Kaladin, of course, only sees that Elhokar’s past foolishness ended with his own family’s maltreatment by Roshone, and connects it with the tantrum Elhokar threw after the big fight and his own imprisonment. As a result – despite Dalinar’s wise words about loyalty and generosity and the flaws of all men – Kaladin decides he’s qualified to determine the course that will be best for the welfare of the kingdom and Dalinar himself.

Just a bit arrogant, m’lad. Just a bit.

Also: if Dalinar’s “I was … away at the time” is referring to his trip to the Nightwatcher, said trip had nothing to do with Gavilar’s death. (I seem to recall recent speculation along that line, right?)


Stormwatch: This is Kaladin’s tenth day in prison.


Sprenspotting: Kaladin sees captivity-spren! Pretty sure that’s what they are, “strange spren like taut wires crossing before him.” I have a theory that Axies never saw them because being imprisoned just never bothered him enough. Could have something to do with the length of the imprisonment, though, I suppose.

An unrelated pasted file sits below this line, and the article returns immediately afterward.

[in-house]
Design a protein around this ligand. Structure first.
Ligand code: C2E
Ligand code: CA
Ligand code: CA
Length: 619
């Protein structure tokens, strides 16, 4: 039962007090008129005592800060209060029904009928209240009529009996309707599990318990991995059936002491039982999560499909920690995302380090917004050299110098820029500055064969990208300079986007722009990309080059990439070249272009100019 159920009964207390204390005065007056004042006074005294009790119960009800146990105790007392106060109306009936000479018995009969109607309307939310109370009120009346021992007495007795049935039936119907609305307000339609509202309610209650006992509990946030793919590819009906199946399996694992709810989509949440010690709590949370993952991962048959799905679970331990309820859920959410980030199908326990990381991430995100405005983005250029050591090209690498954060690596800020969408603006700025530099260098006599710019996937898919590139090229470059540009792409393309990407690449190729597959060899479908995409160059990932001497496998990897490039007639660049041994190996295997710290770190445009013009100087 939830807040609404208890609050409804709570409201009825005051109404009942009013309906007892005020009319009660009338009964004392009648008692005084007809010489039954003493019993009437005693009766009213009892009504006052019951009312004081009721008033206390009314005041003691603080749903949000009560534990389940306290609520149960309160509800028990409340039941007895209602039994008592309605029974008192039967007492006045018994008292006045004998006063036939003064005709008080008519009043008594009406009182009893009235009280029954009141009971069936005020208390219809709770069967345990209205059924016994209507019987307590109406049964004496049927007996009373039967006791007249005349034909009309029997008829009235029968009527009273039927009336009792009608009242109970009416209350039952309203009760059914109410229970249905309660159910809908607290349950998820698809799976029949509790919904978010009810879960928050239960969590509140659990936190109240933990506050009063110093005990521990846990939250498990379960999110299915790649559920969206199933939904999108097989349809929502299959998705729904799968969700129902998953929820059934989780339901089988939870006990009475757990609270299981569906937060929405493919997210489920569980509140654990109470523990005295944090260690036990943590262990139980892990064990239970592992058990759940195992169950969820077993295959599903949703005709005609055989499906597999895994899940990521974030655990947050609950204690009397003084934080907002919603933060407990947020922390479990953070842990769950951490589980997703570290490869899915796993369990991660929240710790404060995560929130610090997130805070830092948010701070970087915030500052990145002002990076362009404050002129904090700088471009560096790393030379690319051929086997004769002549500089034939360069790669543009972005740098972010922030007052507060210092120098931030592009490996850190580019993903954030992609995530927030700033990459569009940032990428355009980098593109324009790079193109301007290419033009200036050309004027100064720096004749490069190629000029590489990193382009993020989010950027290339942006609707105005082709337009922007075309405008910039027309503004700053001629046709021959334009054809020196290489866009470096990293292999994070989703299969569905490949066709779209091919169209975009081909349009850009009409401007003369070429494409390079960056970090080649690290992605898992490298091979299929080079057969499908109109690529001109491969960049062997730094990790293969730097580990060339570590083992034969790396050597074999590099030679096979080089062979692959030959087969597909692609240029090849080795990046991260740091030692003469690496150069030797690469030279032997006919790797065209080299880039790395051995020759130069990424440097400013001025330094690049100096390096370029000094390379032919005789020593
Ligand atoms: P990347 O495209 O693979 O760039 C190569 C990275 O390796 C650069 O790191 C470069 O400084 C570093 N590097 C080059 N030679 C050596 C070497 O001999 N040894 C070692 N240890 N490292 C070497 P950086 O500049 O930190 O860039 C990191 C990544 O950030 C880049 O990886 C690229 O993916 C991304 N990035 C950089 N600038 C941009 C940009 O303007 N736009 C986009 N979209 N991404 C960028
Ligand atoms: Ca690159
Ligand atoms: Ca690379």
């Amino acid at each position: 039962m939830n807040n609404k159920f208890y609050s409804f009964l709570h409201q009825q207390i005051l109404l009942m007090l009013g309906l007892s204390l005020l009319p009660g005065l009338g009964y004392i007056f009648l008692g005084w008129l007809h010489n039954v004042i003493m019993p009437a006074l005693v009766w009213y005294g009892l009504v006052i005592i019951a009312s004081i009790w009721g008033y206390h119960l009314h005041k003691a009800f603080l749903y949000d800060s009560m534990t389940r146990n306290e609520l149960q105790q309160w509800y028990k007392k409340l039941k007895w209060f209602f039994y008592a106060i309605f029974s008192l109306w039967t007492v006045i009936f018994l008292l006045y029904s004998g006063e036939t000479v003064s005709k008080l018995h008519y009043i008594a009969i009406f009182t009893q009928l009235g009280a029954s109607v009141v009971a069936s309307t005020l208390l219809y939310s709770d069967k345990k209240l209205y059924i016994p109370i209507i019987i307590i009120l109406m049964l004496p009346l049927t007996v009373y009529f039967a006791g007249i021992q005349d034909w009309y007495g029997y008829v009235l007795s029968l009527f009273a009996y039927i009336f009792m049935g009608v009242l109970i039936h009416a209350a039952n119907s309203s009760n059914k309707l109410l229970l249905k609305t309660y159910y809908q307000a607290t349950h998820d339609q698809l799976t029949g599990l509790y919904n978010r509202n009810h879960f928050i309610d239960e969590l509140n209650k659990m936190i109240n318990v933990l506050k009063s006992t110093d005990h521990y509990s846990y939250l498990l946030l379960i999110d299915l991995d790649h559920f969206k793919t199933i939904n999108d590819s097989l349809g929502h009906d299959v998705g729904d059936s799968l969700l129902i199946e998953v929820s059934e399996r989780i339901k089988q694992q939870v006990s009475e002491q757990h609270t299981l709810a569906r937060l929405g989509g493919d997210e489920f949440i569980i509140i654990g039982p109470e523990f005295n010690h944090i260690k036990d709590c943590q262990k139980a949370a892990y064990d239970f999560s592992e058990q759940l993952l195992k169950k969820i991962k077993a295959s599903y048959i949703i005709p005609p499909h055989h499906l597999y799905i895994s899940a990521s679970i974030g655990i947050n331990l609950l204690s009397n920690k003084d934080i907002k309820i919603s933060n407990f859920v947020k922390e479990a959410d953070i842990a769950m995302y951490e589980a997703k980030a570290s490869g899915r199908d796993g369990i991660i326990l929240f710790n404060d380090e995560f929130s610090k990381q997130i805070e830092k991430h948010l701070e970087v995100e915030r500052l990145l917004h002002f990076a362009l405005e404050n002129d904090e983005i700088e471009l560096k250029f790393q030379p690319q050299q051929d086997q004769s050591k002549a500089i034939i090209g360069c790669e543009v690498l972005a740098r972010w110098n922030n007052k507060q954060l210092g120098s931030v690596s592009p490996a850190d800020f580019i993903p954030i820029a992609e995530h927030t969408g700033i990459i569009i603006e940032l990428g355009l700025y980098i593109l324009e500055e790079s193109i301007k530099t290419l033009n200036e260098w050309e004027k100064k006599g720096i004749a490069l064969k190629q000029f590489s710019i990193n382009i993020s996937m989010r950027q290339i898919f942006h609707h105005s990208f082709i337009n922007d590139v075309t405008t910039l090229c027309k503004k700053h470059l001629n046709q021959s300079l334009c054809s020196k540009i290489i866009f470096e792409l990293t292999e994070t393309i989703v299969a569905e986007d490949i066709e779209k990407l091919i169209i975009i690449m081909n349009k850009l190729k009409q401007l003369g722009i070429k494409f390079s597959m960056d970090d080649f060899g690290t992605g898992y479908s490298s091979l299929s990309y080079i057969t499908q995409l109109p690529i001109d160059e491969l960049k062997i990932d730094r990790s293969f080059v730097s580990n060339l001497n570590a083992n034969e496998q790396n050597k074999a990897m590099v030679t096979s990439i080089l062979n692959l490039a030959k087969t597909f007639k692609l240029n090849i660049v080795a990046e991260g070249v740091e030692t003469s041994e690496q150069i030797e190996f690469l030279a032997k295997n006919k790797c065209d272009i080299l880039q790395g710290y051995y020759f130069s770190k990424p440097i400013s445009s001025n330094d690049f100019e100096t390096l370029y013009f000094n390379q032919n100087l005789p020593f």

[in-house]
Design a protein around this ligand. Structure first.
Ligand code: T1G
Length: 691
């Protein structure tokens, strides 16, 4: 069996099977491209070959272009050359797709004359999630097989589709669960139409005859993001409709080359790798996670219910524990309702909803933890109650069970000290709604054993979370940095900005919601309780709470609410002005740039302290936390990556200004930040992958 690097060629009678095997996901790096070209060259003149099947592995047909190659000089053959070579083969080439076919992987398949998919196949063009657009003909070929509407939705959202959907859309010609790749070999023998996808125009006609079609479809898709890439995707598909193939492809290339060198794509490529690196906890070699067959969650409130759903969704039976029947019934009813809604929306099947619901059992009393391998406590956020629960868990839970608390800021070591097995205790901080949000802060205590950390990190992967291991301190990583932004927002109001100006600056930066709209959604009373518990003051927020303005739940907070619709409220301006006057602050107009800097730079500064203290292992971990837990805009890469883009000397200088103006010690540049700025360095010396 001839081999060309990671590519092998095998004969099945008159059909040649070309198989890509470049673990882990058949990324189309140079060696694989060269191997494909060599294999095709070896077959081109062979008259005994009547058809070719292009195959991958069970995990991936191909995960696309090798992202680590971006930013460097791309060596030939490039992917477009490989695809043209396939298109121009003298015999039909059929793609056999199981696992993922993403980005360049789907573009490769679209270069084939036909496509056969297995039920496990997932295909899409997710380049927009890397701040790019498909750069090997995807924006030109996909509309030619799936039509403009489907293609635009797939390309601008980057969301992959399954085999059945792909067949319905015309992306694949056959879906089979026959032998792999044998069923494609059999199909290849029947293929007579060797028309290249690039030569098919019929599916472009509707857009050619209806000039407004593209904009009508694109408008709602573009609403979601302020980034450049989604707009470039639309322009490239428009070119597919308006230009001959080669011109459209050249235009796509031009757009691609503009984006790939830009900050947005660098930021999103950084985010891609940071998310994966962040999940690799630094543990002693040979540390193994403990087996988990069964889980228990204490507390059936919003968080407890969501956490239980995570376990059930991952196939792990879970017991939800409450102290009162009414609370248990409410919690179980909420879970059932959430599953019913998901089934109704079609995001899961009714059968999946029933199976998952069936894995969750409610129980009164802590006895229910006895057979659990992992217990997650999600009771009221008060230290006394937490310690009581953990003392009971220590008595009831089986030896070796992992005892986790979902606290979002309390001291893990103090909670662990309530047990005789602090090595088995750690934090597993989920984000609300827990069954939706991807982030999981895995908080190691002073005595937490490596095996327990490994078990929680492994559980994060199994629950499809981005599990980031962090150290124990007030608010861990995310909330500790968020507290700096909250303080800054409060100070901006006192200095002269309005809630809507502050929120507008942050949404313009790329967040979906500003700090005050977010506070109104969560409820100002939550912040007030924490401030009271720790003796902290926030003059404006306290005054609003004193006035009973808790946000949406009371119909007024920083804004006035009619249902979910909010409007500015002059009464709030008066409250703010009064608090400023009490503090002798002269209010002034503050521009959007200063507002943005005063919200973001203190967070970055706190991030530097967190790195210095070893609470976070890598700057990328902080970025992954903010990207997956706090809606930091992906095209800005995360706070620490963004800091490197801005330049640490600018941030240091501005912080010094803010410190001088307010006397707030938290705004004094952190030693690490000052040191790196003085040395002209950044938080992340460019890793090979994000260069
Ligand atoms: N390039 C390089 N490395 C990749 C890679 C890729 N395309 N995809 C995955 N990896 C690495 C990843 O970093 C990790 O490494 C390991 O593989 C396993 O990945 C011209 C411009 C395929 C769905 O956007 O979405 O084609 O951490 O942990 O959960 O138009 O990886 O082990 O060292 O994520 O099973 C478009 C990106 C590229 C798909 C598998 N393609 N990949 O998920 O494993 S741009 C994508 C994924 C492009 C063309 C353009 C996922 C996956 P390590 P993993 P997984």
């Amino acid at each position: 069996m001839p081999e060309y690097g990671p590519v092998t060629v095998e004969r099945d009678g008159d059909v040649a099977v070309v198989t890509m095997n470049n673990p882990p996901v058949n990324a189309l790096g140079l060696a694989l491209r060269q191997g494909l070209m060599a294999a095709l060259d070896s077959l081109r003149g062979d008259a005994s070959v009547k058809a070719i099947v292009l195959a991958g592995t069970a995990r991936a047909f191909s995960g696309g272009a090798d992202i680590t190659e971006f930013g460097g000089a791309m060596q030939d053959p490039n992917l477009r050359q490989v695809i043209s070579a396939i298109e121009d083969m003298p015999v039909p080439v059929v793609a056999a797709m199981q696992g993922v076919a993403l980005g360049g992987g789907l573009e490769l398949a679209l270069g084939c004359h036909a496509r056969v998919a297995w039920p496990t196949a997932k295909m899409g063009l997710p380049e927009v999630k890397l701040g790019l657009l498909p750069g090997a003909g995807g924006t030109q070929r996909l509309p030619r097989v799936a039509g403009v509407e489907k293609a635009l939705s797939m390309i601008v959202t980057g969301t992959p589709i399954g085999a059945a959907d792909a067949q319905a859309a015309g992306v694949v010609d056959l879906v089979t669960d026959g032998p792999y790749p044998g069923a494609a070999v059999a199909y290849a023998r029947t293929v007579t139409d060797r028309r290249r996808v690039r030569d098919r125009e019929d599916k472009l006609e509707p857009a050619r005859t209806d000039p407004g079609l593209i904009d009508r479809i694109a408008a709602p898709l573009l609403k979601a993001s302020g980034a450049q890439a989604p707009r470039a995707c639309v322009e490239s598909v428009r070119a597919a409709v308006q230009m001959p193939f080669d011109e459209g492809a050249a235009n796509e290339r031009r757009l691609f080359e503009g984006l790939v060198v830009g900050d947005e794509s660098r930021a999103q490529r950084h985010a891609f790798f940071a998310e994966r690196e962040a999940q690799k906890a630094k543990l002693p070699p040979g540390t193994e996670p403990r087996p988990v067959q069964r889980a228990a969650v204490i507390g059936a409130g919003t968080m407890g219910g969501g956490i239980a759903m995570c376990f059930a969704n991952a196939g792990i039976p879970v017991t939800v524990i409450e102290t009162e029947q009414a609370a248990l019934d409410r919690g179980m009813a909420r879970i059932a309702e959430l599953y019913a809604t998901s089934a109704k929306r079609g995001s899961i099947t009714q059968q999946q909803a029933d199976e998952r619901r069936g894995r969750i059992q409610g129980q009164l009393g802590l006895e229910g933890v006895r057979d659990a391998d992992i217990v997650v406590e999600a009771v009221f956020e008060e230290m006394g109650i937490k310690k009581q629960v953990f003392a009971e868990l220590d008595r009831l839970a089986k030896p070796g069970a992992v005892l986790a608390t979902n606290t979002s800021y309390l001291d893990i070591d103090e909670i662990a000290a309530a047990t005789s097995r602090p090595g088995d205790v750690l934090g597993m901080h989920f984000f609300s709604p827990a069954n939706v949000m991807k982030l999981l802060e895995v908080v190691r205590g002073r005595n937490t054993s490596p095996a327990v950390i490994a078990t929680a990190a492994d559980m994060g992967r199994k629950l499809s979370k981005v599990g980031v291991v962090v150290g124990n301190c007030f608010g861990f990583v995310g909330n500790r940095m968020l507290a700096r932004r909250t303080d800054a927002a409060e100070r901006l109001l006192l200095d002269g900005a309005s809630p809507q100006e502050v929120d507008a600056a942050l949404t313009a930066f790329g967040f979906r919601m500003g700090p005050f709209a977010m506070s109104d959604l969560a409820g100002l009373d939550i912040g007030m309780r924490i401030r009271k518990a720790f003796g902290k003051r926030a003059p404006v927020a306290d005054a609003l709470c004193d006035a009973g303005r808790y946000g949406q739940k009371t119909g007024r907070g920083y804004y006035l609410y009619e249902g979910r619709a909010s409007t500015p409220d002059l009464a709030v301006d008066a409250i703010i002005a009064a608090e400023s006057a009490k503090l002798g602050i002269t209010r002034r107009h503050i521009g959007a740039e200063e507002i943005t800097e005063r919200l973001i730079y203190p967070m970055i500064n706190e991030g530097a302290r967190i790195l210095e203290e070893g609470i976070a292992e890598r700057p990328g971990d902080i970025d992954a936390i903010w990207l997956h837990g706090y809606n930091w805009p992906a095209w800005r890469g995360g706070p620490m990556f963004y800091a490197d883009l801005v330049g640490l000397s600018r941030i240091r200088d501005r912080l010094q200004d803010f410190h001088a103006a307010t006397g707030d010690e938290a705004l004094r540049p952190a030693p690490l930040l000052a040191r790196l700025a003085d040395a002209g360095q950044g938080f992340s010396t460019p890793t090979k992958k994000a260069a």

In other news, Syl has become very hard to spot – which I assume is largely a matter of her discomfort with Kaladin’s current attitude and the distance he’s put between them. However, she’s still talking to him.

“There was a Cryptic at the fight,” her voice said softly.

“You mentioned those before, didn’t you? A type of spren?”

“A revolting type.” She paused. “But not evil, I don’t think.” She sounded begrudging. “I was going to follow it, as it fled, but you needed me. When I went back to look, it had hidden from me.”

“What does it mean?” Kaladin asked, frowning.

“Cryptics like to plan,” Syl said slowly, as if recalling something long lost. “Yes … I remember. They debate and watch and never do anything. But …”

“What?” Kaladin asked, rising.